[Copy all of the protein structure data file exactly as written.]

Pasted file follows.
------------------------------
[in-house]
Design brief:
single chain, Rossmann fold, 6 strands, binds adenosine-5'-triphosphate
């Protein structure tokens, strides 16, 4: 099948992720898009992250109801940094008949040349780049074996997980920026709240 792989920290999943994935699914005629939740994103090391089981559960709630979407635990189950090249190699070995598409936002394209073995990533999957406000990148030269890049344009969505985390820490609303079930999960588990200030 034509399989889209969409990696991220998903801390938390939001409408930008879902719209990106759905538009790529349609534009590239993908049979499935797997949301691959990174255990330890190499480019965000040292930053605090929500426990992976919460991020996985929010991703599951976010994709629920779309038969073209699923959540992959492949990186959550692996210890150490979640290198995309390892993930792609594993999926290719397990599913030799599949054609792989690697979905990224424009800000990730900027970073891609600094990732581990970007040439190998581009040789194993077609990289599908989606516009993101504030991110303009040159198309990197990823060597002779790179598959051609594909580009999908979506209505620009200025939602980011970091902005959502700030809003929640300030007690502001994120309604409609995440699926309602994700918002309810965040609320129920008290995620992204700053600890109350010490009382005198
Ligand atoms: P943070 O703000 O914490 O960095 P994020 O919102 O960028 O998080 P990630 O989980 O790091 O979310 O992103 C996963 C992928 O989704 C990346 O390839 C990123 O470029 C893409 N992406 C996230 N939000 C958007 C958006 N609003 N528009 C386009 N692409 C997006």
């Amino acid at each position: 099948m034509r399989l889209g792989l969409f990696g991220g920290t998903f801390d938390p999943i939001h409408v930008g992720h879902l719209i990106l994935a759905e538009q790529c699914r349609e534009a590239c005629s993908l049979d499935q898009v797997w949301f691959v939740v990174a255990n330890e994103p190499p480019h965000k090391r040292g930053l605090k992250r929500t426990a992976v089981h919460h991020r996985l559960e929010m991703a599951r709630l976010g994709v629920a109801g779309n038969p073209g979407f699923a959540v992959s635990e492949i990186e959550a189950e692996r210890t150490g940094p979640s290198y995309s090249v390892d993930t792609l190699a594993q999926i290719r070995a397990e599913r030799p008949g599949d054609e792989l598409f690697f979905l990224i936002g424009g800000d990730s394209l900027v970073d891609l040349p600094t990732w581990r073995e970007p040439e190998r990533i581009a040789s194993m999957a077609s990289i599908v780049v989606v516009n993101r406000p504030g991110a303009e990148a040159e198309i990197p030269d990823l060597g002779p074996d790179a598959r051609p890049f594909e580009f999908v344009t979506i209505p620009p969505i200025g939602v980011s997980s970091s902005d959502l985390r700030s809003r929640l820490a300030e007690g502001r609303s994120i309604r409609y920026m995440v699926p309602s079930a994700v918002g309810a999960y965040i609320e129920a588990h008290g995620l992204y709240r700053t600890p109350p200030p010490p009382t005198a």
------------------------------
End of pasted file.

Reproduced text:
[in-house]
Design brief:
single chain, Rossmann fold, 6 strands, binds adenosine-5'-triphosphate
């Protein structure tokens, strides 16, 4: 099948992720898009992250109801940094008949040349780049074996997980920026709240 792989920290999943994935699914005629939740994103090391089981559960709630979407635990189950090249190699070995598409936002394209073995990533999957406000990148030269890049344009969505985390820490609303079930999960588990200030 034509399989889209969409990696991220998903801390938390939001409408930008879902719209990106759905538009790529349609534009590239993908049979499935797997949301691959990174255990330890190499480019965000040292930053605090929500426990992976919460991020996985929010991703599951976010994709629920779309038969073209699923959540992959492949990186959550692996210890150490979640290198995309390892993930792609594993999926290719397990599913030799599949054609792989690697979905990224424009800000990730900027970073891609600094990732581990970007040439190998581009040789194993077609990289599908989606516009993101504030991110303009040159198309990197990823060597002779790179598959051609594909580009999908979506209505620009200025939602980011970091902005959502700030809003929640300030007690502001994120309604409609995440699926309602994700918002309810965040609320129920008290995620992204700053600890109350010490009382005198
Ligand atoms: P943070 O703000 O914490 O960095 P994020 O919102 O960028 O998080 P990630 O989980 O790091 O979310 O992103 C996963 C992928 O989704 C990346 O390839 C990123 O470029 C893409 N992406 C996230 N939000 C958007 C958006 N609003 N528009 C386009 N692409 C997006």
């Amino acid at each position: 099948m034509r399989l889209g792989l969409f990696g991220g920290t998903f801390d938390p999943i939001h409408v930008g992720h879902l719209i990106l994935a759905e538009q790529c699914r349609e534009a590239c005629s993908l049979d499935q898009v797997w949301f691959v939740v990174a255990n330890e994103p190499p480019h965000k090391r040292g930053l605090k992250r929500t426990a992976v089981h919460h991020r996985l559960e929010m991703a599951r709630l976010g994709v629920a109801g779309n038969p073209g979407f699923a959540v992959s635990e492949i990186e959550a189950e692996r210890t150490g940094p979640s290198y995309s090249v390892d993930t792609l190699a594993q999926i290719r070995a397990e599913r030799p008949g599949d054609e792989l598409f690697f979905l990224i936002g424009g800000d990730s394209l900027v970073d891609l040349p600094t990732w581990r073995e970007p040439e190998r990533i581009a040789s194993m999957a077609s990289i599908v780049v989606v516009n993101r406000p504030g991110a303009e990148a040159e198309i990197p030269d990823l060597g002779p074996d790179a598959r051609p890049f594909e580009f999908v344009t979506i209505p620009p969505i200025g939602v980011s997980s970091s902005d959502l985390r700030s809003r929640l820490a300030e007690g502001r609303s994120i309604r409609y920026m995440v699926p309602s079930a994700v918002g309810a999960y965040i609320e129920a588990h008290g995620l992204y709240r700053t600890p109350p200030p010490p009382t005198a």